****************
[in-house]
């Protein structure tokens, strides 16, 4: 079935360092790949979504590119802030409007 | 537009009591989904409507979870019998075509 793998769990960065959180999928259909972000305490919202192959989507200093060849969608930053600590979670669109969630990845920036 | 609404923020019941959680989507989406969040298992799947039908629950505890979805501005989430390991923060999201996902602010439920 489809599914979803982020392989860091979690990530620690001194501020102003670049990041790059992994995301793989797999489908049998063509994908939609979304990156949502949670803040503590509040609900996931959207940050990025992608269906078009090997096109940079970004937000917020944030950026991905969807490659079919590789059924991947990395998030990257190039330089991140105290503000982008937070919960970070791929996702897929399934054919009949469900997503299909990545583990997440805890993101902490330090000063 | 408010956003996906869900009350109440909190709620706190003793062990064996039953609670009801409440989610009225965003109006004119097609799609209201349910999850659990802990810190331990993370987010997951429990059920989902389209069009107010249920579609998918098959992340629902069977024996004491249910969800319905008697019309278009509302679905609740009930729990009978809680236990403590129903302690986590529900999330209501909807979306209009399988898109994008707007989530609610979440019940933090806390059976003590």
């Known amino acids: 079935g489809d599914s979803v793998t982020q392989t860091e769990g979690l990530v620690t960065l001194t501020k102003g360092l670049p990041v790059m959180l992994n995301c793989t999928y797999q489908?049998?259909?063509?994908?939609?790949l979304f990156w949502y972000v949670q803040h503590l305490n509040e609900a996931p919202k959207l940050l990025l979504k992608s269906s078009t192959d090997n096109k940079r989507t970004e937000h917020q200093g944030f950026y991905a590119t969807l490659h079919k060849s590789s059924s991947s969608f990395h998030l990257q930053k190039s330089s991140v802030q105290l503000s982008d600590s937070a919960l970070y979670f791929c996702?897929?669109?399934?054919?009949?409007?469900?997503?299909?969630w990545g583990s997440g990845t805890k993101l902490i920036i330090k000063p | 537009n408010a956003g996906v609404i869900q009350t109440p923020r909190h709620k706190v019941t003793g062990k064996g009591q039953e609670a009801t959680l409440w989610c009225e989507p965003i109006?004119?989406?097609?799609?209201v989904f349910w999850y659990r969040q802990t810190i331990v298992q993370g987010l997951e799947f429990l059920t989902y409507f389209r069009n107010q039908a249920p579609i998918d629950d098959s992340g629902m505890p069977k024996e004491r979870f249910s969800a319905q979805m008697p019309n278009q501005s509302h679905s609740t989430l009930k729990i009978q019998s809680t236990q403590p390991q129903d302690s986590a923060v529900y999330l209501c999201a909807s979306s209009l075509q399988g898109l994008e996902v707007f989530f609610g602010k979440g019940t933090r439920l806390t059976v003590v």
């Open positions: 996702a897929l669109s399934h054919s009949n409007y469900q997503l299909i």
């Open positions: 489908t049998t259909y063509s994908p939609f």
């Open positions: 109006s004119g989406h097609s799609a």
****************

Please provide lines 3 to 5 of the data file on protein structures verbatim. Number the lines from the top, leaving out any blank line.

């Known amino acids: 079935g489809d599914s979803v793998t982020q392989t860091e769990g979690l990530v620690t960065l001194t501020k102003g360092l670049p990041v790059m959180l992994n995301c793989t999928y797999q489908?049998?259909?063509?994908?939609?790949l979304f990156w949502y972000v949670q803040h503590l305490n509040e609900a996931p919202k959207l940050l990025l979504k992608s269906s078009t192959d090997n096109k940079r989507t970004e937000h917020q200093g944030f950026y991905a590119t969807l490659h079919k060849s590789s059924s991947s969608f990395h998030l990257q930053k190039s330089s991140v802030q105290l503000s982008d600590s937070a919960l970070y979670f791929c996702?897929?669109?399934?054919?009949?409007?469900?997503?299909?969630w990545g583990s997440g990845t805890k993101l902490i920036i330090k000063p | 537009n408010a956003g996906v609404i869900q009350t109440p923020r909190h709620k706190v019941t003793g062990k064996g009591q039953e609670a009801t959680l409440w989610c009225e989507p965003i109006?004119?989406?097609?799609?209201v989904f349910w999850y659990r969040q802990t810190i331990v298992q993370g987010l997951e799947f429990l059920t989902y409507f389209r069009n107010q039908a249920p579609i998918d629950d098959s992340g629902m505890p069977k024996e004491r979870f249910s969800a319905q979805m008697p019309n278009q501005s509302h679905s609740t989430l009930k729990i009978q019998s809680t236990q403590p390991q129903d302690s986590a923060v529900y999330l209501c999201a909807s979306s209009l075509q399988g898109l994008e996902v707007f989530f609610g602010k979440g019940t933090r439920l806390t059976v003590v």
């Open positions: 996702a897929l669109s399934h054919s009949n409007y469900q997503l299909i």
């Open positions: 489908t049998t259909y063509s994908p939609f």